True to its title, Lincoln is very much grounded in characters rather than in actions, even if a pivotal moment for the United States Constitution rests at the crux of it all. We are given a warmly human account of the President himself, with all his well-bottled personal troubles examined under Spielberg’s steady gaze, perhaps best demonstrated in Daniel Day-Lewis’ one-on-one scenes with Sally Field. Both deliver masterful turns, with Field’s blistering anguish set at odds with her husband’s tempered aura of calm. Tommy Lee Jones and James Spader add some spiky flavours to the mixture, with the former bagging some of the best lines of dialogue we’re likely to hear all year as he spits pithy insults at the Democrat party’s blithering gaggle of stiffs.
True, Lincoln can be a bit of an exhausting experience to sit through: it’s very dense and from time to time its magic does clam up with a few pacing issues. But on the whole, it’s a majestic, impressive feat of filmmaking from a talent we’ve come to miss in the last few years. Flanked by a heavyweight cast, and with John Williams and cinematographer Janusz Kamiński providing that extra sparkle, Spielberg is still going strong.
(Rich Moore, Walt Disney Animation Studios, 2012)
It’s not perfect, but Wreck-It Ralph is one of Disney’s best offerings of recent years, if only on the basis of its concept and breathtaking visual flair. Heavily – but pleasantly – indebted to the bubblegum videogames of yesteryear, Wreck-It Ralph is filled with witty humour and in-jokes, but mercifully, it never sags into obsequiousness, instead bringing its own flavours of fun to the table as well, embodied in a plethora of endearing characters. The title character is an entertaining and surprisingly heartfelt lug, given life by John C. Reilly’s wearied tones, and even Vanellope von Schweetz (Sarah Silverman) isn’t as annoying as the trailer would have her seem.
When it comes to plot and structure, it does become overly zippy, occasionally feeling as though the filmmakers felt overwhelmed by the amount of options open to them on such a project. As a result, they’re left unsure of which way to turn, and the second half of the film does career through countless avenues rather haphazardly. Nevertheless, it’s hard not to be charmed by the clear enthusiasm and heart that was obviously poured into this film. Bright and bonkers, Wreck-It Ralph is a breath of fresh air to the realm of family animation, even if it didn’t quite bag that statue.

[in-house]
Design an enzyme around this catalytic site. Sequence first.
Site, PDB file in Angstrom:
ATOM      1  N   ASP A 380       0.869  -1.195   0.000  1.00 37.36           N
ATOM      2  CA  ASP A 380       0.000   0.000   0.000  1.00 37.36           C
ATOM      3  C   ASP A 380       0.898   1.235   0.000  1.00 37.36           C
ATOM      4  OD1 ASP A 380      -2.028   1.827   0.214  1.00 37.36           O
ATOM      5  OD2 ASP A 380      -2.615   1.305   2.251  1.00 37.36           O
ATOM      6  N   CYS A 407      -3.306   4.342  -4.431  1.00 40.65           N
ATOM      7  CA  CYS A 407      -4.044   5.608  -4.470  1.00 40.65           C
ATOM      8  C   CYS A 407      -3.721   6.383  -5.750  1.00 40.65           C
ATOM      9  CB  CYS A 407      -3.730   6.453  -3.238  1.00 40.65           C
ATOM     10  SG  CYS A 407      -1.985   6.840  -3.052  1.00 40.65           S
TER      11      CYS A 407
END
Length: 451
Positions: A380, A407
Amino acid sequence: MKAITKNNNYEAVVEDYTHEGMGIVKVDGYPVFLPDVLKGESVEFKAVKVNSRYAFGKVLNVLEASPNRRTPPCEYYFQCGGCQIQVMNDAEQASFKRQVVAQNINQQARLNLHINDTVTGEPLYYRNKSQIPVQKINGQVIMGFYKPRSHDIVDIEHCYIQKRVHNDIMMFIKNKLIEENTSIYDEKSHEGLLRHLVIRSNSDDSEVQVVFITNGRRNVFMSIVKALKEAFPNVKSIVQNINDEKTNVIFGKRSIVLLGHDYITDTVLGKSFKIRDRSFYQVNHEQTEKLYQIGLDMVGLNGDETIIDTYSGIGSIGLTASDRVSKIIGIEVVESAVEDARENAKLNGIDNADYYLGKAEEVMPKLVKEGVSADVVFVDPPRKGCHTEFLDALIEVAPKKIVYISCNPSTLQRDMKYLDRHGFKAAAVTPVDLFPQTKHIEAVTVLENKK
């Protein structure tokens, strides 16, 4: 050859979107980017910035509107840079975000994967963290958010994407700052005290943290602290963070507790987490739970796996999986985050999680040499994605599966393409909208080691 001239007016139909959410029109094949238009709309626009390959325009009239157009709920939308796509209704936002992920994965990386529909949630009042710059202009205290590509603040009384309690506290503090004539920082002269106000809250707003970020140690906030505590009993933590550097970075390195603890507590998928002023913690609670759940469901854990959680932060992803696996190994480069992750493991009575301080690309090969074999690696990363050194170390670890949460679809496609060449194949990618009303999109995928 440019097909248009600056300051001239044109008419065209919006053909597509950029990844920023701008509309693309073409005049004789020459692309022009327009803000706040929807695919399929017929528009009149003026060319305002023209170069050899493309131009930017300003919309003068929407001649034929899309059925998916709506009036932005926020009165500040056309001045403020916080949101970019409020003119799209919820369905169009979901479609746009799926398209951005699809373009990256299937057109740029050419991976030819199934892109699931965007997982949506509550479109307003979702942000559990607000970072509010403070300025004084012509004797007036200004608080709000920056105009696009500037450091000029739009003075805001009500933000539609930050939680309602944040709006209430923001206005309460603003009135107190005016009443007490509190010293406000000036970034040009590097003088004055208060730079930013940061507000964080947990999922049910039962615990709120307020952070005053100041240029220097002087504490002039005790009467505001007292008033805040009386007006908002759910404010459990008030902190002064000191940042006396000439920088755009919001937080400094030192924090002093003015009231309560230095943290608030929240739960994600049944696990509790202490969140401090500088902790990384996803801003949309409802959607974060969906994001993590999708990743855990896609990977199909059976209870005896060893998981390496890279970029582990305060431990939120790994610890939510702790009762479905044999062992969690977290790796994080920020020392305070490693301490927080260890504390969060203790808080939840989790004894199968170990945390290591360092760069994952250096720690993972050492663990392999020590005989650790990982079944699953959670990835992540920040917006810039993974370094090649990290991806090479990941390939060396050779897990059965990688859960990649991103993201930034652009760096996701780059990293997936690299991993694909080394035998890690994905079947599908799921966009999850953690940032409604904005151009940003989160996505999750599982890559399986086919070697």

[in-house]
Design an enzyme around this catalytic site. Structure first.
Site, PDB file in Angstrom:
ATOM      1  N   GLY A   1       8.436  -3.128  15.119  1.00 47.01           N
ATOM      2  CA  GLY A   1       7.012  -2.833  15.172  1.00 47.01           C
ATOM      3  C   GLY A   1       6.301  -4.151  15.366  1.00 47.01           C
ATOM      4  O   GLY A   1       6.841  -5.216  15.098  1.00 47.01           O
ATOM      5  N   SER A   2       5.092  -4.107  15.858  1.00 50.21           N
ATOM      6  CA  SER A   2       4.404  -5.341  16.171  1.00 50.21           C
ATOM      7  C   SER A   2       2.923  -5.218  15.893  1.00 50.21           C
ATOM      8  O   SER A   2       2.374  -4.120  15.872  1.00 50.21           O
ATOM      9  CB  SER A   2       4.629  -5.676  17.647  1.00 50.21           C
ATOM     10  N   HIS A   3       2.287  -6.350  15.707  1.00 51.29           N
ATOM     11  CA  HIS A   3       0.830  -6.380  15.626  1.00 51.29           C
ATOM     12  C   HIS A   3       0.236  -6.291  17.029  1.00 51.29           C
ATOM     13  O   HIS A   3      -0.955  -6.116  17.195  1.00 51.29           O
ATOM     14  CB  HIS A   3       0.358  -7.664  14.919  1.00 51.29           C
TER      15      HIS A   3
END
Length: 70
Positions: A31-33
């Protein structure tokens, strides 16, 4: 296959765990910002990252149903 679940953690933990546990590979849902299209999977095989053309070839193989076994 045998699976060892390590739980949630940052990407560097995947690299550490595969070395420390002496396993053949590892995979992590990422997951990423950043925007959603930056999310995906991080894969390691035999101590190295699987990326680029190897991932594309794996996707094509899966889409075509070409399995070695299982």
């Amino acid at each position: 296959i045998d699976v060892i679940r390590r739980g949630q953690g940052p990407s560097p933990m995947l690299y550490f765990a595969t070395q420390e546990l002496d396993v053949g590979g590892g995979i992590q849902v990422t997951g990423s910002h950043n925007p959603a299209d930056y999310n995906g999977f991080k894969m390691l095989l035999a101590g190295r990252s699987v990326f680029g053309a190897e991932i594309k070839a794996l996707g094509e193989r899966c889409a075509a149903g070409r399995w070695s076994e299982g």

(Ben Affleck, Warner Bros., 2012)
Who’d have thought that the man once known for the bomb that is Gigli would go on to direct a Best Picture winner? Stranger things have happened, of course, but Ben Affleck’s transformation from pesky pretty boy to Hollywood heavyweight is enough to prompt a good eye-rubbing. In light of Argo, his directed productions so far resemble well-played moves in a greater game: 2007’s Gone Baby Gone garnered the attention, and 2010’s The Town cemented Affleck’s chops as a man with a rapidly ameliorating skill set, with his credits including director, writer and actor.
However, it’s with Argo that Affleck has made his claim for greatness, and the world has responded loud and clear. Although it’s still a criminal oversight that he was snubbed a crack at Best Director, Affleck’s third feature has achieved a type of crossover appeal, grossing five times its budget as well as receiving plaudits up and down the award tables. It’s easy to see why, considering the engrossing and distressing circumstances of its subject matter, alongside its remarkable power to entertain. Argo is not only nail-bitingly tense, it’s also frequently hilarious, poking fun at the (true-to-life, lest we forget) ridiculousness of the fake-film scenario in which the CIA invested their final hopes for the salvation of six American hostages.
The concept and performances are initially what hook you in, with Affleck (and his dashing ’70s beard) supported by a tight collection of greats, including the ever-reliable Bryan Cranston and Alan Arkin’s gleefully impudent film producer. But what really lodges in the mind is Affleck’s technical assurance. Argo is studded with ambitious set-pieces and reconstructions, some of which will have viewers blown away at their construction and execution. Special mention should go to the opening assault on Tehran’s United States embassy.
Yes, it eschews some of the smaller facts and a fully authentic feel for that big, sweeping ending, which probably didn’t pan out the way it does onscreen. But, hey, although it does resemble one at times, Argo doesn’t outright claim to be a documentary. Instead, it offers up an exhilarating, cathartic experience, laced with political truths and one big confirmation: Affleck the Director has well and truly landed.